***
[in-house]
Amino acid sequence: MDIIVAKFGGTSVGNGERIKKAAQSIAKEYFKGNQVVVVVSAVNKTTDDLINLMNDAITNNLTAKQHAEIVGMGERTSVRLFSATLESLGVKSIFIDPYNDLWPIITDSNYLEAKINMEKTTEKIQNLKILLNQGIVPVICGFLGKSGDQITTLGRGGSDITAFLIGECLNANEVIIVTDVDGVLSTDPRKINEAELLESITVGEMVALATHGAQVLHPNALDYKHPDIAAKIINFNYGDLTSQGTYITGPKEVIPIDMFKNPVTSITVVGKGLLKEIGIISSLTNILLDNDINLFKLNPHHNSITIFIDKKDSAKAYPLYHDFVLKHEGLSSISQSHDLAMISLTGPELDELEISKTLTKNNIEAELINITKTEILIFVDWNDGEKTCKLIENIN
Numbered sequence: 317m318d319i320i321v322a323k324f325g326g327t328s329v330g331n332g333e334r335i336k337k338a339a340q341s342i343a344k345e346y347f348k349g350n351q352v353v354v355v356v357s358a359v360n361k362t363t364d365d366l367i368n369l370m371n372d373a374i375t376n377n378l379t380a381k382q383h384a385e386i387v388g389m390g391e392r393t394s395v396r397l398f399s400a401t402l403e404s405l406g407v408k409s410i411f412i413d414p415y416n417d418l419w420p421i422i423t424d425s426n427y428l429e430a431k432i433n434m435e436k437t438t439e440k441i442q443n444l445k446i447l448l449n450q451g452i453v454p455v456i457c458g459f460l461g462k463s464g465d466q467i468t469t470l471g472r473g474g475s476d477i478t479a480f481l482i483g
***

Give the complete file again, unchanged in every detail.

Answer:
[in-house]
Amino acid sequence: MDIIVAKFGGTSVGNGERIKKAAQSIAKEYFKGNQVVVVVSAVNKTTDDLINLMNDAITNNLTAKQHAEIVGMGERTSVRLFSATLESLGVKSIFIDPYNDLWPIITDSNYLEAKINMEKTTEKIQNLKILLNQGIVPVICGFLGKSGDQITTLGRGGSDITAFLIGECLNANEVIIVTDVDGVLSTDPRKINEAELLESITVGEMVALATHGAQVLHPNALDYKHPDIAAKIINFNYGDLTSQGTYITGPKEVIPIDMFKNPVTSITVVGKGLLKEIGIISSLTNILLDNDINLFKLNPHHNSITIFIDKKDSAKAYPLYHDFVLKHEGLSSISQSHDLAMISLTGPELDELEISKTLTKNNIEAELINITKTEILIFVDWNDGEKTCKLIENIN
Numbered sequence: 317m318d319i320i321v322a323k324f325g326g327t328s329v330g331n332g333e334r335i336k337k338a339a340q341s342i343a344k345e346y347f348k349g350n351q352v353v354v355v356v357s358a359v360n361k362t363t364d365d366l367i368n369l370m371n372d373a374i375t376n377n378l379t380a381k382q383h384a385e386i387v388g389m390g391e392r393t394s395v396r397l398f399s400a401t402l403e404s405l406g407v408k409s410i411f412i413d414p415y416n417d418l419w420p421i422i423t424d425s426n427y428l429e430a431k432i433n434m435e436k437t438t439e440k441i442q443n444l445k446i447l448l449n450q451g452i453v454p455v456i457c458g459f460l461g462k463s464g465d466q467i468t469t470l471g472r473g474g475s476d477i478t479a480f481l482i483g